Flinders Ranges II – The Wilder North

Our time in the northern half of the Flinders Ranges was unfortunately not nearly as interesting or exciting as we had originally planned because two days into our stay in Arkaroola we had our first travel mishap of the trip with the catastrophic failure of our roof racks and associated damage to the gutters of the van but I’ll get back to that later, I’m just giving you all a heads up that we didn’t end up seeing all that much so if you’re looking for a travel guide for the north this isn’t it.

After departing from Willow Springs we found ourselves on the road without much of an idea where we were going but with the general intention of heading north. This vagueness inadvertently resulted in our arrival at the Prairie Hotel in Parachilna where we both opted for a South Australian pint of the local ale. Because it was 11.30am, we were drinking on an empty stomachs, and I am a total light weight, I was feeling very merry after finishing my glass much to Matt’s annoyance. Poor Matt, the more exasperated he got the funnier I found the whole situation so it turned into a possitive feedback loop of giggles. We pulled up and had lunch in Parachilna Gorge and by the time we’d finished I was back to normal. Having no idea where we’d be staying the night we continued onwards to Glass Gorge, another geological feature that had been recommended by fellow travellers and as usual it took us the entire afternoon to get there. We decided to be a bit cheeky and free camped in the gorge car park that night.

The next morning we drove into the nearby town of Blinman and had a look around the local mine. There are official tours on offer which can be booked from the information centre or you can walk around the site for free which we did. It wasn’t as impressive as some of the others we have been to as most of the buildings and equipment were gone but the slag pile was interesting and the information boards were really well written. Back in town we stopped at The Miners Crib (shop/cafe) to grab some fresh bread and couldn’t help but buy two of the pies for morning tea. I had steak and mushroom and it was delicious! On the way towards Arkaroola we only ended up making one stop at Mount Chambers Gorge. You’ve probably realised by now that there are a lot of gorges in the Flinders Ranges but if you visit you won’t get sick of them because they are all so unique. Chambers Gorge is special because of the Aboriginal rock engravings placed on the rock walls that line the dry river bank. The engravings were produced by the Adnyamathanha people of the Flinders Ranges by using a sharp object to create a series of inter-connecting pits or by rubbing the surface of the rock to form a groove. The further we walked in the more engravings appeared until the walls were completely covered. The final leg of the journey to Arkaroola was our first proper taste of corrugated dirt roads but the van seemed to handle it well. We set up camp in the valley below the main powered camping area at Arkaroola Wilderness Sanctuary.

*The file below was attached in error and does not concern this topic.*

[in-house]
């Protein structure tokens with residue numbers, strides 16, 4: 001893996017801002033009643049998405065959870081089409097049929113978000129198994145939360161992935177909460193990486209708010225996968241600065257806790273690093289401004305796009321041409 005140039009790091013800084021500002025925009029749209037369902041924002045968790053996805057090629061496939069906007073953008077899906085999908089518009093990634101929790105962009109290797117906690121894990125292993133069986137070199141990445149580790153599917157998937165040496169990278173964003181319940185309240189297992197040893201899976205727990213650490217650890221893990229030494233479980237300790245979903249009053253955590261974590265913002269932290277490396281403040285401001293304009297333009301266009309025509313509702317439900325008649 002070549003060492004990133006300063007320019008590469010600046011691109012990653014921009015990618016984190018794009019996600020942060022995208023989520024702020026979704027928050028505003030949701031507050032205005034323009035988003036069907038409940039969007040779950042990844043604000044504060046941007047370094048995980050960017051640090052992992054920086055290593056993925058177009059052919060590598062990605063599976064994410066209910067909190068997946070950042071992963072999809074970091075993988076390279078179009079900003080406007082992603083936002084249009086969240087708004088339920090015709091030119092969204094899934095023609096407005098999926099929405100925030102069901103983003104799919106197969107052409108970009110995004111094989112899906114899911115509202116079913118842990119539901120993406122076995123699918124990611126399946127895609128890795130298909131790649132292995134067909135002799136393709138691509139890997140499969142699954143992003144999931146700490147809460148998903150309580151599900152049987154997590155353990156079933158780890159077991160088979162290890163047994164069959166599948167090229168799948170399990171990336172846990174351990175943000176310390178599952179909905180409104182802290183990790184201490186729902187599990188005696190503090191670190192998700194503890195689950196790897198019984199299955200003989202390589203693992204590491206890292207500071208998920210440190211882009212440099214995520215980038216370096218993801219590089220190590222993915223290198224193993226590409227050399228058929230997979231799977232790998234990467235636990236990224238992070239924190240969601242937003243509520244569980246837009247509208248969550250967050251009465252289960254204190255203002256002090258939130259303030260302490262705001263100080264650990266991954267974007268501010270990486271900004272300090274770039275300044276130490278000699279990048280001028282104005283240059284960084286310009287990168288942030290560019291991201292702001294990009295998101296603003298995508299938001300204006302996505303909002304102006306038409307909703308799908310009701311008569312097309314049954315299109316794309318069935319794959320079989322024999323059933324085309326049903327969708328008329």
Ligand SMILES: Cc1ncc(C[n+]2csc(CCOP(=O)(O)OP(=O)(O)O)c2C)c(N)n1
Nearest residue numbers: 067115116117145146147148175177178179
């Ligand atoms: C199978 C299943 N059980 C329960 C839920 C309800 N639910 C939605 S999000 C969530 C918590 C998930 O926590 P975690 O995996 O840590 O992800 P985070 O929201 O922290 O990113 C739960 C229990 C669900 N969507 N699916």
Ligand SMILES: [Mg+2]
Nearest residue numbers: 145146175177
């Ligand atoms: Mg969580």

The next morning we decided to have our first “rest afternoon”, I was starting to feel a bit fatigued which sounds so stupid because we are on holiday and sleeping 10 hours a night but the constant action had worn me out. So that we were still making the most of our time in Arkaroola we took the shuttle bus up the road and walked back on the Acacia Ridge walk. It was only 7km but there was a significant climb which made it a nice challenge and the views! Well I think the pictures speak for themselves. Back at camp we spent the rest of the day doing, not much at all. I did some cross stitch and read, Matt did some work.